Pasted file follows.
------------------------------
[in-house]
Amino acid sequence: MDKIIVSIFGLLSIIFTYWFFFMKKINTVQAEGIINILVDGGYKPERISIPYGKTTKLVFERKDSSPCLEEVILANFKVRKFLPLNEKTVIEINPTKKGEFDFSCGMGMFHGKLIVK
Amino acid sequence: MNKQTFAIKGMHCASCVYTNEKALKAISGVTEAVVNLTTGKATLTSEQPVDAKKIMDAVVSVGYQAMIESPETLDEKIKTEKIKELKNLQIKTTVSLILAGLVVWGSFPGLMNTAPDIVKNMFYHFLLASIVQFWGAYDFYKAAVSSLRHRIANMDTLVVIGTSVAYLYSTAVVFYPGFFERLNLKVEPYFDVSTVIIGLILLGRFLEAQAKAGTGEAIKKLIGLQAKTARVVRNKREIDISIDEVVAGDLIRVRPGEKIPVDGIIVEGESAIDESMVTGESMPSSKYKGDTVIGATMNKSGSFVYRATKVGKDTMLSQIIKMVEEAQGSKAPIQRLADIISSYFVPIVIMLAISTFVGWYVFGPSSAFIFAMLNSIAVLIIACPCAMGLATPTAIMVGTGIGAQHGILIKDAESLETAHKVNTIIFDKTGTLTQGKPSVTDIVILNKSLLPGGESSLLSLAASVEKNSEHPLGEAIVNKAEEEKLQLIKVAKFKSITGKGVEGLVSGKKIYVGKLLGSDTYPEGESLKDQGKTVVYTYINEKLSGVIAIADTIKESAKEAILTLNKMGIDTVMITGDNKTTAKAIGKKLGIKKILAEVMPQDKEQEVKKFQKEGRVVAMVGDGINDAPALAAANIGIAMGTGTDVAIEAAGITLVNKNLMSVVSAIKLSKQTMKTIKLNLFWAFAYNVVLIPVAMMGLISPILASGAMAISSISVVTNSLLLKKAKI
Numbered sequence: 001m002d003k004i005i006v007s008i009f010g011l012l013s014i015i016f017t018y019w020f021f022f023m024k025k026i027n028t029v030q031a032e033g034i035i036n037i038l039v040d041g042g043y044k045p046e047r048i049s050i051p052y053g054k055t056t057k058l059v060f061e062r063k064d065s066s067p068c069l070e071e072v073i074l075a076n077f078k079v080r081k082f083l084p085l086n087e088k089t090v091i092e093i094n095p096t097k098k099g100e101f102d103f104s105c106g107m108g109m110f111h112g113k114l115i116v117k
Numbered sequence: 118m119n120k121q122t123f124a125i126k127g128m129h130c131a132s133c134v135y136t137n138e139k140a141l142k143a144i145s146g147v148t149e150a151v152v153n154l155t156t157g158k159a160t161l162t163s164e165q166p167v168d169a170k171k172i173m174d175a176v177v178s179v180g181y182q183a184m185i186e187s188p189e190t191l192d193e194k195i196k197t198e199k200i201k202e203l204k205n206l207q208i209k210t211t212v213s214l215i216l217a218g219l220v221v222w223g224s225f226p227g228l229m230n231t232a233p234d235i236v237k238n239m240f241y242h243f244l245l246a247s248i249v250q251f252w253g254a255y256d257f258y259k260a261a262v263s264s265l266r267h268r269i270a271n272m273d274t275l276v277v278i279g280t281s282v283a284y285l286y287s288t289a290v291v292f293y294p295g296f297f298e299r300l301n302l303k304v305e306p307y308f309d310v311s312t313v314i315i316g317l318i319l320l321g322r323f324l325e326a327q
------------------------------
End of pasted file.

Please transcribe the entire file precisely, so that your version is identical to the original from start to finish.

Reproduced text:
[in-house]
Amino acid sequence: MDKIIVSIFGLLSIIFTYWFFFMKKINTVQAEGIINILVDGGYKPERISIPYGKTTKLVFERKDSSPCLEEVILANFKVRKFLPLNEKTVIEINPTKKGEFDFSCGMGMFHGKLIVK
Amino acid sequence: MNKQTFAIKGMHCASCVYTNEKALKAISGVTEAVVNLTTGKATLTSEQPVDAKKIMDAVVSVGYQAMIESPETLDEKIKTEKIKELKNLQIKTTVSLILAGLVVWGSFPGLMNTAPDIVKNMFYHFLLASIVQFWGAYDFYKAAVSSLRHRIANMDTLVVIGTSVAYLYSTAVVFYPGFFERLNLKVEPYFDVSTVIIGLILLGRFLEAQAKAGTGEAIKKLIGLQAKTARVVRNKREIDISIDEVVAGDLIRVRPGEKIPVDGIIVEGESAIDESMVTGESMPSSKYKGDTVIGATMNKSGSFVYRATKVGKDTMLSQIIKMVEEAQGSKAPIQRLADIISSYFVPIVIMLAISTFVGWYVFGPSSAFIFAMLNSIAVLIIACPCAMGLATPTAIMVGTGIGAQHGILIKDAESLETAHKVNTIIFDKTGTLTQGKPSVTDIVILNKSLLPGGESSLLSLAASVEKNSEHPLGEAIVNKAEEEKLQLIKVAKFKSITGKGVEGLVSGKKIYVGKLLGSDTYPEGESLKDQGKTVVYTYINEKLSGVIAIADTIKESAKEAILTLNKMGIDTVMITGDNKTTAKAIGKKLGIKKILAEVMPQDKEQEVKKFQKEGRVVAMVGDGINDAPALAAANIGIAMGTGTDVAIEAAGITLVNKNLMSVVSAIKLSKQTMKTIKLNLFWAFAYNVVLIPVAMMGLISPILASGAMAISSISVVTNSLLLKKAKI
Numbered sequence: 001m002d003k004i005i006v007s008i009f010g011l012l013s014i015i016f017t018y019w020f021f022f023m024k025k026i027n028t029v030q031a032e033g034i035i036n037i038l039v040d041g042g043y044k045p046e047r048i049s050i051p052y053g054k055t056t057k058l059v060f061e062r063k064d065s066s067p068c069l070e071e072v073i074l075a076n077f078k079v080r081k082f083l084p085l086n087e088k089t090v091i092e093i094n095p096t097k098k099g100e101f102d103f104s105c106g107m108g109m110f111h112g113k114l115i116v117k
Numbered sequence: 118m119n120k121q122t123f124a125i126k127g128m129h130c131a132s133c134v135y136t137n138e139k140a141l142k143a144i145s146g147v148t149e150a151v152v153n154l155t156t157g158k159a160t161l162t163s164e165q166p167v168d169a170k171k172i173m174d175a176v177v178s179v180g181y182q183a184m185i186e187s188p189e190t191l192d193e194k195i196k197t198e199k200i201k202e203l204k205n206l207q208i209k210t211t212v213s214l215i216l217a218g219l220v221v222w223g224s225f226p227g228l229m230n231t232a233p234d235i236v237k238n239m240f241y242h243f244l245l246a247s248i249v250q251f252w253g254a255y256d257f258y259k260a261a262v263s264s265l266r267h268r269i270a271n272m273d274t275l276v277v278i279g280t281s282v283a284y285l286y287s288t289a290v291v292f293y294p295g296f297f298e299r300l301n302l303k304v305e306p307y308f309d310v311s312t313v314i315i316g317l318i319l320l321g322r323f324l325e326a327q